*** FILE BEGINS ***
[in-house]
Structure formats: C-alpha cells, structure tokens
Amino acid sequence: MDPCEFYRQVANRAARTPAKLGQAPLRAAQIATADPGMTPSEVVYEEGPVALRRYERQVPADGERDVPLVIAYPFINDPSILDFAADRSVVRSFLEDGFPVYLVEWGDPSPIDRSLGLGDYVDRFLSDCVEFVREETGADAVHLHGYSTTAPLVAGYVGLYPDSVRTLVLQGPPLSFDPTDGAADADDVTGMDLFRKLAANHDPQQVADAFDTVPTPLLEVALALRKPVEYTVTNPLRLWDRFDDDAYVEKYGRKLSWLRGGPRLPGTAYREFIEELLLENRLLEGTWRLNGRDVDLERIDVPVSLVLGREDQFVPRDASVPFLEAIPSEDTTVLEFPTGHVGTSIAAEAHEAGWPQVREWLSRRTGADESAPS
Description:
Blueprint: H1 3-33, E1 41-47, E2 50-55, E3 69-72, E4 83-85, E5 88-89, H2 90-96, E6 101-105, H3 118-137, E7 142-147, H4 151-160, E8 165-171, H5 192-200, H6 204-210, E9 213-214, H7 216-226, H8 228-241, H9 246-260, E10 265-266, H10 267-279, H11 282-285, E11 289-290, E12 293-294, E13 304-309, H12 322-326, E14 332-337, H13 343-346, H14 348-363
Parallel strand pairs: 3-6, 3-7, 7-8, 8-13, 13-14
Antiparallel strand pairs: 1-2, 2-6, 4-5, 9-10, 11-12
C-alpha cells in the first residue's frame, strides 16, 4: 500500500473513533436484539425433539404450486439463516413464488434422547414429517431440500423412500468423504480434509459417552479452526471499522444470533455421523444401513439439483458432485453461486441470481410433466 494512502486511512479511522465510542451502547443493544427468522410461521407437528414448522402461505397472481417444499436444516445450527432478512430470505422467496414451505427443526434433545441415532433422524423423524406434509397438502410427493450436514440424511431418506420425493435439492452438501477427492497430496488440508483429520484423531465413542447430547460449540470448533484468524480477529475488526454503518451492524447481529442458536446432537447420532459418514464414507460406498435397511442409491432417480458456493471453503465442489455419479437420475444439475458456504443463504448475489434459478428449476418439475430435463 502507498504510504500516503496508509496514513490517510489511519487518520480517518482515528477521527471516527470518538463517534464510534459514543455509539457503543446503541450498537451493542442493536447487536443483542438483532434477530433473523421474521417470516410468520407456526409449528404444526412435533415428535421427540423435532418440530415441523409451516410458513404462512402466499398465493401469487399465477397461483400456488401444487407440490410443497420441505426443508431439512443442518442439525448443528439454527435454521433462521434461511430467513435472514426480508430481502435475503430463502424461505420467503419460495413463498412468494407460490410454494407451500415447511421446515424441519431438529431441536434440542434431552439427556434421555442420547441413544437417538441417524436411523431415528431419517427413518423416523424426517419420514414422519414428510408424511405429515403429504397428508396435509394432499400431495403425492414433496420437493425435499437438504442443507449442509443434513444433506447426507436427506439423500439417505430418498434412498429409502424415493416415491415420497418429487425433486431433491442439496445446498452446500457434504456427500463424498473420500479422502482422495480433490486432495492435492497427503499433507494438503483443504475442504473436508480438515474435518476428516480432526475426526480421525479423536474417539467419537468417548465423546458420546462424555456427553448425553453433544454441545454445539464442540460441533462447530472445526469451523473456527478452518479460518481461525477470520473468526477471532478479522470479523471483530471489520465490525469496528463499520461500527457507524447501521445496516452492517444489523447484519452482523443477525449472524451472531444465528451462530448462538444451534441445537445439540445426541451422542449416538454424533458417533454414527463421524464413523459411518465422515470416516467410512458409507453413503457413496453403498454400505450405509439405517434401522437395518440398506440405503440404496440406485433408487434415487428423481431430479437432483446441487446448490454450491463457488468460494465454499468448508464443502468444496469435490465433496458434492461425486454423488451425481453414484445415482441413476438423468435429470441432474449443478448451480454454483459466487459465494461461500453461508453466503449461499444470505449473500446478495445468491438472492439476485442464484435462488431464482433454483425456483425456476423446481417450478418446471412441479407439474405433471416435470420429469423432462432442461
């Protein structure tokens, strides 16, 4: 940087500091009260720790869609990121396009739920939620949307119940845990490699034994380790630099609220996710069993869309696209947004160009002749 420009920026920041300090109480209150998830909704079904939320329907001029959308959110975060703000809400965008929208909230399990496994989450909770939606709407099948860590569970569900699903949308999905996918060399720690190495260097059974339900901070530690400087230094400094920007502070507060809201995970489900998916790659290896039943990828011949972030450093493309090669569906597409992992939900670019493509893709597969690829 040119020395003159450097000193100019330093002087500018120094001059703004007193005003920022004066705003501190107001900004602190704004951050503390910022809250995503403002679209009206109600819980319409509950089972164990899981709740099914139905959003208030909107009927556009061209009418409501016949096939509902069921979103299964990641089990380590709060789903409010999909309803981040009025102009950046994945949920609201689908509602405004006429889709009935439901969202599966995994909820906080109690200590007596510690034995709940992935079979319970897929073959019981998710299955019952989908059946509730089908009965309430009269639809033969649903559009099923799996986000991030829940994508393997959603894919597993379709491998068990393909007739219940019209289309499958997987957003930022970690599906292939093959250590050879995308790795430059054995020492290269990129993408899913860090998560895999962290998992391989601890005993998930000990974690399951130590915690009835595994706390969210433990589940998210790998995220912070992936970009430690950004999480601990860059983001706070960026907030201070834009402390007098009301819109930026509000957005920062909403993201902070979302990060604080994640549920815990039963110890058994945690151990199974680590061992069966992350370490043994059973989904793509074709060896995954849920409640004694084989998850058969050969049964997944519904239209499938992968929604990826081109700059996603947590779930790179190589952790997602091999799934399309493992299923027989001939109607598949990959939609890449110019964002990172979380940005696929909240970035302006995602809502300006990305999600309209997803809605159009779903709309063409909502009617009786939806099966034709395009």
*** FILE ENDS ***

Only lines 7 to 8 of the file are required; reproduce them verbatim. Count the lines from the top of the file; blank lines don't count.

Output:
Antiparallel strand pairs: 1-2, 2-6, 4-5, 9-10, 11-12
C-alpha cells in the first residue's frame, strides 16, 4: 500500500473513533436484539425433539404450486439463516413464488434422547414429517431440500423412500468423504480434509459417552479452526471499522444470533455421523444401513439439483458432485453461486441470481410433466 494512502486511512479511522465510542451502547443493544427468522410461521407437528414448522402461505397472481417444499436444516445450527432478512430470505422467496414451505427443526434433545441415532433422524423423524406434509397438502410427493450436514440424511431418506420425493435439492452438501477427492497430496488440508483429520484423531465413542447430547460449540470448533484468524480477529475488526454503518451492524447481529442458536446432537447420532459418514464414507460406498435397511442409491432417480458456493471453503465442489455419479437420475444439475458456504443463504448475489434459478428449476418439475430435463 502507498504510504500516503496508509496514513490517510489511519487518520480517518482515528477521527471516527470518538463517534464510534459514543455509539457503543446503541450498537451493542442493536447487536443483542438483532434477530433473523421474521417470516410468520407456526409449528404444526412435533415428535421427540423435532418440530415441523409451516410458513404462512402466499398465493401469487399465477397461483400456488401444487407440490410443497420441505426443508431439512443442518442439525448443528439454527435454521433462521434461511430467513435472514426480508430481502435475503430463502424461505420467503419460495413463498412468494407460490410454494407451500415447511421446515424441519431438529431441536434440542434431552439427556434421555442420547441413544437417538441417524436411523431415528431419517427413518423416523424426517419420514414422519414428510408424511405429515403429504397428508396435509394432499400431495403425492414433496420437493425435499437438504442443507449442509443434513444433506447426507436427506439423500439417505430418498434412498429409502424415493416415491415420497418429487425433486431433491442439496445446498452446500457434504456427500463424498473420500479422502482422495480433490486432495492435492497427503499433507494438503483443504475442504473436508480438515474435518476428516480432526475426526480421525479423536474417539467419537468417548465423546458420546462424555456427553448425553453433544454441545454445539464442540460441533462447530472445526469451523473456527478452518479460518481461525477470520473468526477471532478479522470479523471483530471489520465490525469496528463499520461500527457507524447501521445496516452492517444489523447484519452482523443477525449472524451472531444465528451462530448462538444451534441445537445439540445426541451422542449416538454424533458417533454414527463421524464413523459411518465422515470416516467410512458409507453413503457413496453403498454400505450405509439405517434401522437395518440398506440405503440404496440406485433408487434415487428423481431430479437432483446441487446448490454450491463457488468460494465454499468448508464443502468444496469435490465433496458434492461425486454423488451425481453414484445415482441413476438423468435429470441432474449443478448451480454454483459466487459465494461461500453461508453466503449461499444470505449473500446478495445468491438472492439476485442464484435462488431464482433454483425456483425456476423446481417450478418446471412441479407439474405433471416435470420429469423432462432442461